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Anna Dean Farm tour showcases history, offers fun family event

5/14/2009 - West Side Leader
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By Maria Lindsay

The O.C. Barber Cattle Barn No. 1 was built in 1909, rescued from demolition in 1974 by the Barberton Historical Society and restored in 1985 by Yoder Brothers Inc. for use as their world headquarters. The building is one of a number of historic buildings on the 19th annual Walking Tour of the Anna Dean Farm.
Photo courtesy of the Barberton Historical Society
BARBERTON — The 19th annual Walking Tour of the Anna Dean Farm, founded by O.C. Barber, who also is the founder of Barberton, will celebrate a number of milestones May 17.

The tour this year marks the 100th anniversary of the farm’s founding and the 35th anniversary of the Barberton Historical Society, the organization that managed to save some of the structures on the farm from demolition.

The 3,500-acre farm included the Barber Mansion, which was built in 1909 and demolished in 1965. Five of the eight remaining buildings, which once numbered 35, will be showcased on the free tour that begins at 1:30 p.m. at the Piggery, 248 E. Robinson Ave.

The guided narrative tour, led by Steve Kelleher, president of the Barberton Historical Society, includes the Heating House, with restoration now under way, the Barber Dam, the Feet Barn and Barn No. 1, a $2 million restoration project by Yoder Brothers Inc., which turned it into its world headquarters.

The tour will conclude at the Brooder Barn, which now serves as a state-of-the-art day care facility.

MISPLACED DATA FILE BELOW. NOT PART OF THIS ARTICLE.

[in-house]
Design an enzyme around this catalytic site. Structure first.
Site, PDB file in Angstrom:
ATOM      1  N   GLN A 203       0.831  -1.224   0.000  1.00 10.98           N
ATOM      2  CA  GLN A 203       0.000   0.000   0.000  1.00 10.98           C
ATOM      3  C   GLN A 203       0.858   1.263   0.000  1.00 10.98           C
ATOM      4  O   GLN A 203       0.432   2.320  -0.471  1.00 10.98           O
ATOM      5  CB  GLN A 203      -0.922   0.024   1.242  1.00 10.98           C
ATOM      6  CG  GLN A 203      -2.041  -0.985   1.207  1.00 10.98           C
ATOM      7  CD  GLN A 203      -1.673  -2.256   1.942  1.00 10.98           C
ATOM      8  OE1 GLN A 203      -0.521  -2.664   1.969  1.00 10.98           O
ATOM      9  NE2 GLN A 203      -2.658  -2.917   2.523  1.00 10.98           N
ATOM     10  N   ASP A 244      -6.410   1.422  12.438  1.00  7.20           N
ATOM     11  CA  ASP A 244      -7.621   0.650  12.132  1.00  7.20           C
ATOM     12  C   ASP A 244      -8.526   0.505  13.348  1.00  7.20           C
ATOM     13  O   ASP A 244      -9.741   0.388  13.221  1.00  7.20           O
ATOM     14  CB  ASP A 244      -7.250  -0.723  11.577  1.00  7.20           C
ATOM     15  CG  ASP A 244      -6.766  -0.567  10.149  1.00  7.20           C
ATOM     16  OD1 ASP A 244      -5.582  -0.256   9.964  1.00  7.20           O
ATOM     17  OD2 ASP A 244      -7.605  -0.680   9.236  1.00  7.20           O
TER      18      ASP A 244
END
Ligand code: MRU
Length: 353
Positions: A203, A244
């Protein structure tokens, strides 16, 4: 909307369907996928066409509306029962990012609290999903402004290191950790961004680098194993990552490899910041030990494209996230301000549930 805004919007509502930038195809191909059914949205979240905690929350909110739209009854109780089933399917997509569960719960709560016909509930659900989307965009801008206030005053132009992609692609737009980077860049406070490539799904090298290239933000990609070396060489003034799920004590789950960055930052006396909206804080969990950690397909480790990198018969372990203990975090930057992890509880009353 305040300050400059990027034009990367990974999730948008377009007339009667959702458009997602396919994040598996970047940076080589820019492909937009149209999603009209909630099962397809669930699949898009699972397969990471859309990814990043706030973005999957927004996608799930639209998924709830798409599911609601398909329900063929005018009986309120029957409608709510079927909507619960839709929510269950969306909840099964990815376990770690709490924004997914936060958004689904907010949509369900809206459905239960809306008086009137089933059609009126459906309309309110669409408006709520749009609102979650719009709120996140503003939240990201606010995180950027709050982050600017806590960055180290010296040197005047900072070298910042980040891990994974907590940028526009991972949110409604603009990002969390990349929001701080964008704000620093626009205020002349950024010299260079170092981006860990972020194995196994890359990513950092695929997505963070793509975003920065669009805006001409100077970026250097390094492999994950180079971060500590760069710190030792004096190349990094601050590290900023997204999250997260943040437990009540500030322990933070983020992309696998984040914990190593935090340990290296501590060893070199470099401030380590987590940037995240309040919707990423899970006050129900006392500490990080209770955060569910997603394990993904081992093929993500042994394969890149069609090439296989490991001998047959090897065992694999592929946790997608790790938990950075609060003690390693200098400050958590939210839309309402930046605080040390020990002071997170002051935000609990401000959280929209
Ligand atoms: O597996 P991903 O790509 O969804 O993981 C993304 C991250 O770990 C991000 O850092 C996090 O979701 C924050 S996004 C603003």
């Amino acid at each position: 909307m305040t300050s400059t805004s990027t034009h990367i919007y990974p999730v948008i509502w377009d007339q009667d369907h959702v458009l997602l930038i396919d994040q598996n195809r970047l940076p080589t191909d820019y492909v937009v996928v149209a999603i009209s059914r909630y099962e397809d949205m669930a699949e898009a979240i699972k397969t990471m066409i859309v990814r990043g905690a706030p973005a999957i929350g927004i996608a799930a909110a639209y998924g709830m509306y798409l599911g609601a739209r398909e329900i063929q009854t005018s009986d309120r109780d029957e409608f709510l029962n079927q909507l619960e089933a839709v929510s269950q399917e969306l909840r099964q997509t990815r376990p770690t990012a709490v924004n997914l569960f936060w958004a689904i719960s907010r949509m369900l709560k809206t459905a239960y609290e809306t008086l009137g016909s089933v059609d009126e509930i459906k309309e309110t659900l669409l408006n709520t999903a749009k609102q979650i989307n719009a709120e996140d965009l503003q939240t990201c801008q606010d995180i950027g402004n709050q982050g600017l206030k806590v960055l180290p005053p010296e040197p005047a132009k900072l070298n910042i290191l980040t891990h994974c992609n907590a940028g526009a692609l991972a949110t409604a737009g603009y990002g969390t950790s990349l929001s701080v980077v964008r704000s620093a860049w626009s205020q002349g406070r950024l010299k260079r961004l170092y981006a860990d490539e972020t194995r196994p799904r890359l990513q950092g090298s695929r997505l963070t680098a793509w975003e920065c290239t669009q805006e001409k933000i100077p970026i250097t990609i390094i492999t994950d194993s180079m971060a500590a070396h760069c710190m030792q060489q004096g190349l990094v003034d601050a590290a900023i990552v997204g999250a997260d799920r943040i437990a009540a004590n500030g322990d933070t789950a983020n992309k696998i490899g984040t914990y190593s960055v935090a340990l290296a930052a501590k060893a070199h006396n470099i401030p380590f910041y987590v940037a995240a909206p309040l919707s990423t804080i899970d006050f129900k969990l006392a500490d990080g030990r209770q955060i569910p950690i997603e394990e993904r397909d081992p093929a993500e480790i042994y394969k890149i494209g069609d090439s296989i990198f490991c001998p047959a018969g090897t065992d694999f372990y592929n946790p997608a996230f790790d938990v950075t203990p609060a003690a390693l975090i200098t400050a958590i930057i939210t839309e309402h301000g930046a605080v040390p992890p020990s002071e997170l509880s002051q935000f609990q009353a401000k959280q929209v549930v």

Kelleher calls the tour an interactive experience people will enjoy.

“We try to tell stories and anecdotes about life on the farm for the Barber Family, which lived there from 1909 to 1920,” he said. “It is a personalized tour. We answer questions and allow people to take pictures and videos of what they see.”

The Brooder Barn, for instance, once housed thousands of chickens and has been readapted into an 8,000-square-foot facility educating young children.

Kelleher said the annual tour of the buildings are offered only once each year and is different every year — showcasing the work the society has done to the various buildings.

Added to the annual tour this year is a new walking trail and an historic interpretive viewing area of the foundations of the Squabbery and the Barber Hotel.

“Barber’s idea was that this was supposed to be a joyful place, and we try to make sure this is,” said Kelleher. “It is a good walk; it’s enjoyable and it’s free.”

In celebration of the anniversary, W.F. Fleming’s “America’s Match King,” a biography of O.C. Barber, will be sold at the Piggery. Also during the tour, the society will recognize Belgrade Gardens for the role its $500 donation played in an effort to save O.C. Barber Barn No. 1 from demolition by a developer who wanted to build a nursing home on the site in 1974.

Among the effects of saving that barn is that Yoder Brothers, a producer of flowering plants, stayed in Barberton and has since been the main sponsor of the city’s annual Mum Fest, according to society officials.

Organizers estimate the walking tour takes about three hours. Parking is free at the first site. A free copy of the hike and bike map of the Anna Dean Farm will be handed out at the Piggery.

Also to commemorate the centennial of the Anna Dean Farm in 2009, the society is seeking donations to purchase the 1-acre site of the O.C. Barber Wishing Well, built on the mansion’s park-like property. Daffodils planted by O.C. Barber in 1910 still bloom near the wishing well.

The society recently received a grant of $22,500 from the Barberton Community Foundation to help in its purchase and must raise a matching amount.

Tax-deductible donations may be sent to the Wishing Well Fund at the Barberton Community Foundation, 460 W. Paige Ave, Barberton, OH 44203, or visit the society’s Web site at www.annadeanfarm.com to make a donation by credit card.

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